The Complete Idiot’s Guide to Composting by Chris McLaughlin

The Complete Idiot's Guide to Composting

The Complete Idiot's Guide to Composting

Maybe you’re already a gardener, ready to plant some vegetables to reduce your grocery bill and gain some peace of mind about what additives you will not be putting into your family’s bodies. Or, maybe you secretly yearn for a yard filled with colorful flower blossoms from early spring until late fall.

If you see yourself in either of these scenarios, then The Complete Idiot’s Guide to Composting: Turn your organic waste material into black gold, is for you. No, this isn’t a book about planting a garden. It’s about how to nourish the soil you will use to grow amazing veggies and posies. And, I have to say, it’s even fun to read.

Compost Happens

“The first thing you need to know is that no matter what you do—compost happens,” author Chris McLaughlin says. She sets out to educate, support, inform, and entertain her readers.

I’ve always been a kind of a sucker for the “idiot’s guide” type of book, since I don’t know all that much about anything. I’m not much of a gardener, but I started a compost pile 20+ years ago as an environmental gesture to remove organic waste from the garbage can.

McLaughlin is right, “compost happens.” I knew nothing. I did my composting with the most minimal effort possible. I created a designated spot in the far end of the backyard, put some landscaping logs around it, and began dumping all the kitchen waste there. (Even I knew enough not to put in any meat scraps.)

All I did was keep a covered bucket under the sink, then haul it to the backyard when it was full. Then I dug a small hole and poured it in and covered it up with some dirt. The microbes and worms did the rest. Simple.

Unfortunately, what I didn’t know about the valuable applications of the black gold I was creating has been a terrible waste. After reading this book, I realize I have been accumulating a pile of invaluable compost without actually putting it to use.

From “Idiot” to Composter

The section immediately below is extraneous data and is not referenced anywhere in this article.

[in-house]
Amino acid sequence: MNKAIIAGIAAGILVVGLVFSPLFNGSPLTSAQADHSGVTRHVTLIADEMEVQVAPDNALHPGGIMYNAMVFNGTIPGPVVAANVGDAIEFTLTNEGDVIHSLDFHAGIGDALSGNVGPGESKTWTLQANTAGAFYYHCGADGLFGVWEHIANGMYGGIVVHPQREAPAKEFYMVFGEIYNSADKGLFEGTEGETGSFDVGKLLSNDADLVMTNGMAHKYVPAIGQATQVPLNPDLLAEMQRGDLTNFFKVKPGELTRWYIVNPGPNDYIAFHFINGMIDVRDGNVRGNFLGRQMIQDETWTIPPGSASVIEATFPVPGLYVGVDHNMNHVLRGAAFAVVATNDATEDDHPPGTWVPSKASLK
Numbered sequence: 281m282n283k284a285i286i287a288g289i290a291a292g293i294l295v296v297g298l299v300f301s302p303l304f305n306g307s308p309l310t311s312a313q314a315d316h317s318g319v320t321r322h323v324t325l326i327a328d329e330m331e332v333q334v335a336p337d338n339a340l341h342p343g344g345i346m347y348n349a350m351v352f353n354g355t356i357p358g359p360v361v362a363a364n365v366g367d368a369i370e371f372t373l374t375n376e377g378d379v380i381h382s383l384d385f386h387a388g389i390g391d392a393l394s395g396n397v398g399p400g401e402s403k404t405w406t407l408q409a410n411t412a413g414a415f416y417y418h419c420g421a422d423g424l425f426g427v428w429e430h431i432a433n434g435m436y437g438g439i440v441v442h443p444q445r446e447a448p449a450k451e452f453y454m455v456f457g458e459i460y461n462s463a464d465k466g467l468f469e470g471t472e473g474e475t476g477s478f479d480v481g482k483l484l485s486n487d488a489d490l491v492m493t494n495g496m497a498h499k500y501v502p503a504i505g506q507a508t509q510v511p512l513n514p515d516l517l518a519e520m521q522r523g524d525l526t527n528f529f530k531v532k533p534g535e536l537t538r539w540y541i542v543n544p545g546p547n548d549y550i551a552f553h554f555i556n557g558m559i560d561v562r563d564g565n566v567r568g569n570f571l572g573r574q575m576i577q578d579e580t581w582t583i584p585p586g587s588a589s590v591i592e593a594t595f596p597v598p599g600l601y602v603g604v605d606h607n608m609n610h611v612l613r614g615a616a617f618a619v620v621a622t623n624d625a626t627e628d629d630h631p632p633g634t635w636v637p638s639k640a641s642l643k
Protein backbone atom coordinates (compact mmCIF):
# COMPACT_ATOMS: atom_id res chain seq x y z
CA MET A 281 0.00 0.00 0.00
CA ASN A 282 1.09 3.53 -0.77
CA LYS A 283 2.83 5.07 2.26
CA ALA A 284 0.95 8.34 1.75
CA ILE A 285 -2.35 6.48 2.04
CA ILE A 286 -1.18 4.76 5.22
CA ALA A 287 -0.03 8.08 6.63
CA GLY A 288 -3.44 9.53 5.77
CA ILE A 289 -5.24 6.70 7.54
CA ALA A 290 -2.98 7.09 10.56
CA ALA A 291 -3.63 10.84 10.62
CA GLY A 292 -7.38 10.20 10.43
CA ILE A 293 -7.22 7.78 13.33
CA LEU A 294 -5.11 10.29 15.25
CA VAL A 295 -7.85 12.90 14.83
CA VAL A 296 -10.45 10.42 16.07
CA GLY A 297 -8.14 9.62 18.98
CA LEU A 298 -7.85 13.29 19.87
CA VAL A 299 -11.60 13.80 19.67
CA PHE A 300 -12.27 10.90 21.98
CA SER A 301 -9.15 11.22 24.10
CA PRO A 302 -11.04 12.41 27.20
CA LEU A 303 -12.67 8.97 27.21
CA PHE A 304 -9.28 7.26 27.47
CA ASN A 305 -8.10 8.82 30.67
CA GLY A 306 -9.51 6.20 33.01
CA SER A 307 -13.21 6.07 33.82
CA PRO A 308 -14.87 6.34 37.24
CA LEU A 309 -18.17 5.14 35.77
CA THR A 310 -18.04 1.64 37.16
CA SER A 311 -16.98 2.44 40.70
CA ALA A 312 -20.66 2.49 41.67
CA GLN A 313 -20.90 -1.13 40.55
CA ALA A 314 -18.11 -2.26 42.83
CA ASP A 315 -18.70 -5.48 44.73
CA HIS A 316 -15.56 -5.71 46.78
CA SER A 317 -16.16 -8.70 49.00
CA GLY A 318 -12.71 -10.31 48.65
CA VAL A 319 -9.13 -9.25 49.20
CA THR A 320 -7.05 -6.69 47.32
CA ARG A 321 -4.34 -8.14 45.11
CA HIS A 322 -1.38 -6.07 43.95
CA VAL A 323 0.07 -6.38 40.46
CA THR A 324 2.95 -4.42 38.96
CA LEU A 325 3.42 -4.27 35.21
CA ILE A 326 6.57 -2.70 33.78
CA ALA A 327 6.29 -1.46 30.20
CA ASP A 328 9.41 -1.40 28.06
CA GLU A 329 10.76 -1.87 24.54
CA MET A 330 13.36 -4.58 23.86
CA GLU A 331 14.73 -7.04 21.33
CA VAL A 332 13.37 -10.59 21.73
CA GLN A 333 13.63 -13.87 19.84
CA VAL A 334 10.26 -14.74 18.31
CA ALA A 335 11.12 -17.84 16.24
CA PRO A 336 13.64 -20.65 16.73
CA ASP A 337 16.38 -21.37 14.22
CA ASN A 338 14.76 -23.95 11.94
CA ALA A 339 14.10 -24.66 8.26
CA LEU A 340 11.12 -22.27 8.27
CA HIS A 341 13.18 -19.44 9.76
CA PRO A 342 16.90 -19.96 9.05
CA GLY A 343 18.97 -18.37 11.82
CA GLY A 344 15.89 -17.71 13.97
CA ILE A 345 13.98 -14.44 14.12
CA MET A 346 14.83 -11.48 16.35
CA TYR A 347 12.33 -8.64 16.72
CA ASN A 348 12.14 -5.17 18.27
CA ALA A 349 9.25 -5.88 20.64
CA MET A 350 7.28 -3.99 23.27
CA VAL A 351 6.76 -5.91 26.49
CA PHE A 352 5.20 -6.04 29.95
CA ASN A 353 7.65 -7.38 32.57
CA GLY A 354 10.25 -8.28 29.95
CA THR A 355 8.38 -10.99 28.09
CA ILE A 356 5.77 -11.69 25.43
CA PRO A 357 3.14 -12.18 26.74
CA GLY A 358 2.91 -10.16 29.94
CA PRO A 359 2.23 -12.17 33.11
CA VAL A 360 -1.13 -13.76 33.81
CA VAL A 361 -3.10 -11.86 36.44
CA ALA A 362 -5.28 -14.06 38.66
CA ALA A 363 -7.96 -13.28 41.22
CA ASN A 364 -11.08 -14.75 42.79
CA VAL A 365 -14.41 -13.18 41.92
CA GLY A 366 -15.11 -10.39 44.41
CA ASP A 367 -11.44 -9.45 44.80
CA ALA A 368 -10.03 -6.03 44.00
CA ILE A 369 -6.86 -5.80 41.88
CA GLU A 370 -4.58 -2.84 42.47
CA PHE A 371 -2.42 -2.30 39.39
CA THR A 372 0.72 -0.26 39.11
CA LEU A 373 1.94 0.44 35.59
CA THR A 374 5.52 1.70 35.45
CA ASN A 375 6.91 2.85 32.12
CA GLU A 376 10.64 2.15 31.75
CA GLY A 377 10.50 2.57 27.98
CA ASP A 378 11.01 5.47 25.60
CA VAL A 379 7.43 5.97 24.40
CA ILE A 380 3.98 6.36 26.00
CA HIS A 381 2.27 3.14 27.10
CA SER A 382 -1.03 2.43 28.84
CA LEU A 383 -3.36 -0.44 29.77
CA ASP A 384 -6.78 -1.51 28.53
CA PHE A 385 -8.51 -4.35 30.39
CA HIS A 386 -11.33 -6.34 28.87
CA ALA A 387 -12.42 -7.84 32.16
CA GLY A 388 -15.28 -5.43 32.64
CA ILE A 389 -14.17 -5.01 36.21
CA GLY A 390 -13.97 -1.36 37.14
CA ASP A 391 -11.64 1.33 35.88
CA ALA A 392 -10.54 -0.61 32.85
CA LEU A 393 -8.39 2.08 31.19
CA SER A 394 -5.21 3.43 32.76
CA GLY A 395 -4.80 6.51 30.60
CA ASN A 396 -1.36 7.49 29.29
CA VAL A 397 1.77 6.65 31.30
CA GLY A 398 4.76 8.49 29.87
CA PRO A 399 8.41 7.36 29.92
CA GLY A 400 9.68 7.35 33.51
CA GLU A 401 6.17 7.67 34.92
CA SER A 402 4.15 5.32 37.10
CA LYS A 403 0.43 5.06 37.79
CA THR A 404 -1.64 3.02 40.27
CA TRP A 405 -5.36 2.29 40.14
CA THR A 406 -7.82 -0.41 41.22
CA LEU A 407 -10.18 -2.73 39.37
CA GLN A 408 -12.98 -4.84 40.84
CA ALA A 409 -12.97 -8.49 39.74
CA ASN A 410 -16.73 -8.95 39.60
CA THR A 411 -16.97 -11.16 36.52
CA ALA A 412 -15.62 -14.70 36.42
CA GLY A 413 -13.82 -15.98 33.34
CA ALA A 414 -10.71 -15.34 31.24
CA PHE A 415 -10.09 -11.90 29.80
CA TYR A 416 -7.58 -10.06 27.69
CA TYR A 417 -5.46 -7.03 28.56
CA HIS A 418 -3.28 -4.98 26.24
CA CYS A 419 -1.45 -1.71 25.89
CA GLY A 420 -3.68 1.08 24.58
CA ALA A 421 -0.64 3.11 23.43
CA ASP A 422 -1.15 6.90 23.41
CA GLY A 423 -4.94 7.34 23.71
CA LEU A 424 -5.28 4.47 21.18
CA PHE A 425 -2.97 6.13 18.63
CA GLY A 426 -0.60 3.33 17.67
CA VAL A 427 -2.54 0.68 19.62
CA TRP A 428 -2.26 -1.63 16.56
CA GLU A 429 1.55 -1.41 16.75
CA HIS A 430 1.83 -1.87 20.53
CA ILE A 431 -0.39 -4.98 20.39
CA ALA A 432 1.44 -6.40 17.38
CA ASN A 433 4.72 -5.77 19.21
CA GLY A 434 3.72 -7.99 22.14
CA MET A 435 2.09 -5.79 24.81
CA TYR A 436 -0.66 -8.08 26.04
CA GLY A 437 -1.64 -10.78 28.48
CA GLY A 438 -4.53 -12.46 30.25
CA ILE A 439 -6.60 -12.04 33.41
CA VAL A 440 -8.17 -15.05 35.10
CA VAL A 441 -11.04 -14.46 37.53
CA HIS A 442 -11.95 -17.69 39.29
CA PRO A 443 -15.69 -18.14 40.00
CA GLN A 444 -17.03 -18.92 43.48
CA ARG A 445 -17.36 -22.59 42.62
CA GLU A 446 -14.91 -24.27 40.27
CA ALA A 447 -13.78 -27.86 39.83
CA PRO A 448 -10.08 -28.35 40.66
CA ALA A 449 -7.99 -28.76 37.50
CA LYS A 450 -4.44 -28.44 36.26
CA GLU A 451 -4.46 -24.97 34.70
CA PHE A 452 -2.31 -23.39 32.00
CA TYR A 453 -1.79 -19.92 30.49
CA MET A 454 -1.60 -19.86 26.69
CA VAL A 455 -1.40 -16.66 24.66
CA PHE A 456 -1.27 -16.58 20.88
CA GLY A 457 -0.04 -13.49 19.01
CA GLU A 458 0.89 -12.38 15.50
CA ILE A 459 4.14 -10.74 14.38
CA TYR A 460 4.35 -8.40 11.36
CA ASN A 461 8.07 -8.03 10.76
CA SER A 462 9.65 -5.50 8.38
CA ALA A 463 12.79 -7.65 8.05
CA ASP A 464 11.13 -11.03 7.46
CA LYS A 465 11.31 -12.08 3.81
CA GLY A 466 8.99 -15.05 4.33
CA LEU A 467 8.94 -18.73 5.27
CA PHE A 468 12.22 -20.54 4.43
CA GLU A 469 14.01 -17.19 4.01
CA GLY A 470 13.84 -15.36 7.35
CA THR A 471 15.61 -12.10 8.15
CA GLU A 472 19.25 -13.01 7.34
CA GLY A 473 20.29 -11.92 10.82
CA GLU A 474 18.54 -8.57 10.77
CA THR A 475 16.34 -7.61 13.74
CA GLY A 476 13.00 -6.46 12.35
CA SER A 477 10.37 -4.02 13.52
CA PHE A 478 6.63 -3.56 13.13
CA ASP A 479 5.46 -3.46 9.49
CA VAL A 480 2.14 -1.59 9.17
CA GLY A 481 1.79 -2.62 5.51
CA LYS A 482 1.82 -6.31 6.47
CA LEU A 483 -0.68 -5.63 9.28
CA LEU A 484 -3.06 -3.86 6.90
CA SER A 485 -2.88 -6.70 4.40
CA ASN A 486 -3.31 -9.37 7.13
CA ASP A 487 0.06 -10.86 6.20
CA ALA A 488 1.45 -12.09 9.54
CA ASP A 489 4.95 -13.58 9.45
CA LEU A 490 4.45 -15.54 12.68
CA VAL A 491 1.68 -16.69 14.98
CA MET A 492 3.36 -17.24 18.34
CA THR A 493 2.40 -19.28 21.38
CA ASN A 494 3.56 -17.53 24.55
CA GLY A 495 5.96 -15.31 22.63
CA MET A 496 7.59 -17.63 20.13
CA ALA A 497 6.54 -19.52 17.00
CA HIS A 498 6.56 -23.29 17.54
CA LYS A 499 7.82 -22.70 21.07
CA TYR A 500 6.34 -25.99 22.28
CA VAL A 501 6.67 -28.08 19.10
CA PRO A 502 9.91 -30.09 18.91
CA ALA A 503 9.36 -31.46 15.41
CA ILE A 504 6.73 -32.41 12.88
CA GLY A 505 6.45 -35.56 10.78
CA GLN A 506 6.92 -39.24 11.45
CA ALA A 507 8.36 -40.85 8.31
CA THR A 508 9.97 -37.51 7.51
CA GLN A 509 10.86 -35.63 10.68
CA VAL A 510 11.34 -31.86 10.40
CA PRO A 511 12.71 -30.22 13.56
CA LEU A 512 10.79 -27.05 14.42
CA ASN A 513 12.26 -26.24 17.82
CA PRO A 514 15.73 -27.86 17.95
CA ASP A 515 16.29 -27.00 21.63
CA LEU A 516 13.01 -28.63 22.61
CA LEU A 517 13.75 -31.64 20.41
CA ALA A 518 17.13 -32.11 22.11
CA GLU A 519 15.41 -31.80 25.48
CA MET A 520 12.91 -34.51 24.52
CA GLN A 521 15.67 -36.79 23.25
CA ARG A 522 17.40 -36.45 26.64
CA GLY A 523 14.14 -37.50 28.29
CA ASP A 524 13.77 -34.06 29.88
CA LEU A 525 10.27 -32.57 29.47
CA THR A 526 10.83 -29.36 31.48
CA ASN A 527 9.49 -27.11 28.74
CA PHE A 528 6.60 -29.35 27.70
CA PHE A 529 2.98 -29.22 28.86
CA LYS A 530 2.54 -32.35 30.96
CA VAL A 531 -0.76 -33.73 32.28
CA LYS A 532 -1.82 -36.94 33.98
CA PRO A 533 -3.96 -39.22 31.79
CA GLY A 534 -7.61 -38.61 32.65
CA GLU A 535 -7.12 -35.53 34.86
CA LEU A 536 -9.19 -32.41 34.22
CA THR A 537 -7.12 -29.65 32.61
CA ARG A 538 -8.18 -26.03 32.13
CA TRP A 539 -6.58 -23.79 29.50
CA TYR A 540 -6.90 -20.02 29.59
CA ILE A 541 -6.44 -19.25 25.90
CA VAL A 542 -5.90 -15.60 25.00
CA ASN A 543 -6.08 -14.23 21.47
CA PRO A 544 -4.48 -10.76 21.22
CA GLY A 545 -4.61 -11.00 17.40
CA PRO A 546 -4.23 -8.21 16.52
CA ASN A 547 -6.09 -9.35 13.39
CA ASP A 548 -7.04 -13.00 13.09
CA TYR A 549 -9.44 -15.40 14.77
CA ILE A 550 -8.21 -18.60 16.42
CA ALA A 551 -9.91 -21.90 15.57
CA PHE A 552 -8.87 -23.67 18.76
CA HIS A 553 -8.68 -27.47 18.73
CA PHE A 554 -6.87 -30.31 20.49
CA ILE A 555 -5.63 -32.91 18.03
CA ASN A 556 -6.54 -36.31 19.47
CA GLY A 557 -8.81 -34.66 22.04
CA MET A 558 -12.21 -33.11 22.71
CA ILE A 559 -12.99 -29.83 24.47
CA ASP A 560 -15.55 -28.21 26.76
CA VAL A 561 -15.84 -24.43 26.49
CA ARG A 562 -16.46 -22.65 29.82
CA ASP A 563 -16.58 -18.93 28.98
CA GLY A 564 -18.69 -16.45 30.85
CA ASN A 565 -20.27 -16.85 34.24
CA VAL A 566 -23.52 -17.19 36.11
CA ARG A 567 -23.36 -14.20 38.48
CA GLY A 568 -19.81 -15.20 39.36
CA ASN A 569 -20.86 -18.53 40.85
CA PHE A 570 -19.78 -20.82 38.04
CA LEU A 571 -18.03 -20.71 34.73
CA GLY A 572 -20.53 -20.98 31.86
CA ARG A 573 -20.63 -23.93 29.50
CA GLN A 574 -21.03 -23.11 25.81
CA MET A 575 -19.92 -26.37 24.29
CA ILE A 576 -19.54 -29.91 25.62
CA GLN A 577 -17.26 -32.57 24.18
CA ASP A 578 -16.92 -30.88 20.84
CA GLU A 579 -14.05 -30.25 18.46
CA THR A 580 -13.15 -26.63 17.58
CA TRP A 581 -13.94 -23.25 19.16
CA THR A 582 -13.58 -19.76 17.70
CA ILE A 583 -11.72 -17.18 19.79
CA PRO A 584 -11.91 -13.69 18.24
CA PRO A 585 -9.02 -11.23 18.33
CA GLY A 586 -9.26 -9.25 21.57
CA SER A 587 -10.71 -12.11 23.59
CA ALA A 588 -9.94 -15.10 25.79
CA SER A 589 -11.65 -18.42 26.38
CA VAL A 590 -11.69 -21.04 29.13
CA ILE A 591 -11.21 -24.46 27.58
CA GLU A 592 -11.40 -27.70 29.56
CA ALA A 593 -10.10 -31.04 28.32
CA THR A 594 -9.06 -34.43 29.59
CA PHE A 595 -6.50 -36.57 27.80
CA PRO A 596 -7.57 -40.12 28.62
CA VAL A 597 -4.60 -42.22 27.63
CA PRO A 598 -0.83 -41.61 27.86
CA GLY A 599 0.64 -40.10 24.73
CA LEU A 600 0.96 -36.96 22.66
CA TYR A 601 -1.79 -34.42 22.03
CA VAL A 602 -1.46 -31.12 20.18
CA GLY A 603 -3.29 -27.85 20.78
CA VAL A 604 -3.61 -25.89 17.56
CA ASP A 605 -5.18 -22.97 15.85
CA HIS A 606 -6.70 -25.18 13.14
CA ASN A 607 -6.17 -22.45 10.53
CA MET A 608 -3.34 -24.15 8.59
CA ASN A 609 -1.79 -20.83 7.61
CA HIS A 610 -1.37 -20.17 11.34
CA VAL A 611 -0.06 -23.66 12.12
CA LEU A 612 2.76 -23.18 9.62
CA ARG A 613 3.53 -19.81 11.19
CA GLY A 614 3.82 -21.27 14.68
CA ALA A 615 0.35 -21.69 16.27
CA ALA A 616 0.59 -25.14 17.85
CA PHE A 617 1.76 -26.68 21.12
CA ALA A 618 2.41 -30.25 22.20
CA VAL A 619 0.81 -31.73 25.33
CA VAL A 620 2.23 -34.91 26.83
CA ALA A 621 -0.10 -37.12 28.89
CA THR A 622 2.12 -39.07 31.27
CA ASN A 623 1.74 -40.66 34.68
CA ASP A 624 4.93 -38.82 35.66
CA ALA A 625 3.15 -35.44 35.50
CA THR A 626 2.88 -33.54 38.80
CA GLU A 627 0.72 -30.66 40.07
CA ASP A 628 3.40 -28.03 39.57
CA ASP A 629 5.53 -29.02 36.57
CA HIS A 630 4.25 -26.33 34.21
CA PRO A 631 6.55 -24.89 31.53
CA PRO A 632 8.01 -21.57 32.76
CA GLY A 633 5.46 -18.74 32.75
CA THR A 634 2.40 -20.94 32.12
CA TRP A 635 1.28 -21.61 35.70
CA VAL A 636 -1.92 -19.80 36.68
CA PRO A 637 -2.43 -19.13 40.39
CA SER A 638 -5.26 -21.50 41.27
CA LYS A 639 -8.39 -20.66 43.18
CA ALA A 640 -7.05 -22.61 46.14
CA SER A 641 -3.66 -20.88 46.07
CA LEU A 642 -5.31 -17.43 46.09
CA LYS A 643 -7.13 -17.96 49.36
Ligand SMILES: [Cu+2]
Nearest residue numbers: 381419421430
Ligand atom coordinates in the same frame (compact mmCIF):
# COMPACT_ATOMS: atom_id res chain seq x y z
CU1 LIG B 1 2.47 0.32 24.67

In this enjoyable, easy to read, and surprisingly thorough and diverse book, McLaughlin moves us from “idiots” to knowledgeable composters ready to create black gold with minimal effort and maximum results. She not only tells us how to make the stuff, but how to use it effectively and with ease.

Most environmentalists are aware of the rebound in “locavore” eating and the mushrooming of home gardening: community gardens, potted mini-gardens on apartment balconies, backyard gardens, plots shared with neighbors, and even indoor greenhouses to extend the growing season.

But we also are recognizing the urgency for using more sustainable methods. These are part and parcel of the composting process:

  • eliminating synthetic fertilizers
  • using natural weed control
  • growing plants that are healthier and more disease and pest resistant
  • conserving water

McLaughlin reminds us that “composting is sustainability at its finest.” It’s good for our gardens, good for us, and good for the earth. She quickly addresses the issue of common myths and bad reps about composting, such as it attracts rodents, or it stinks, or it requires lots of time and effort and is very complicated or expensive. Nix on those. Read on.

Composting Made Simple

The Complete Idiot’s Guide to Composting is well organized, succinct, and rich in information, helpful hints, and DIY instructions. I particularly enjoyed the iconic little sidebar boxes in each section that address potential problems, provide definitions about terms and techniques, offer fun facts, and afford opportunities to “dig deeper.”

Perhaps most encouraging is the admonition: “Ignore anyone who tells you it has to be a certain way. Use a system that fits your lifestyle.” Yes!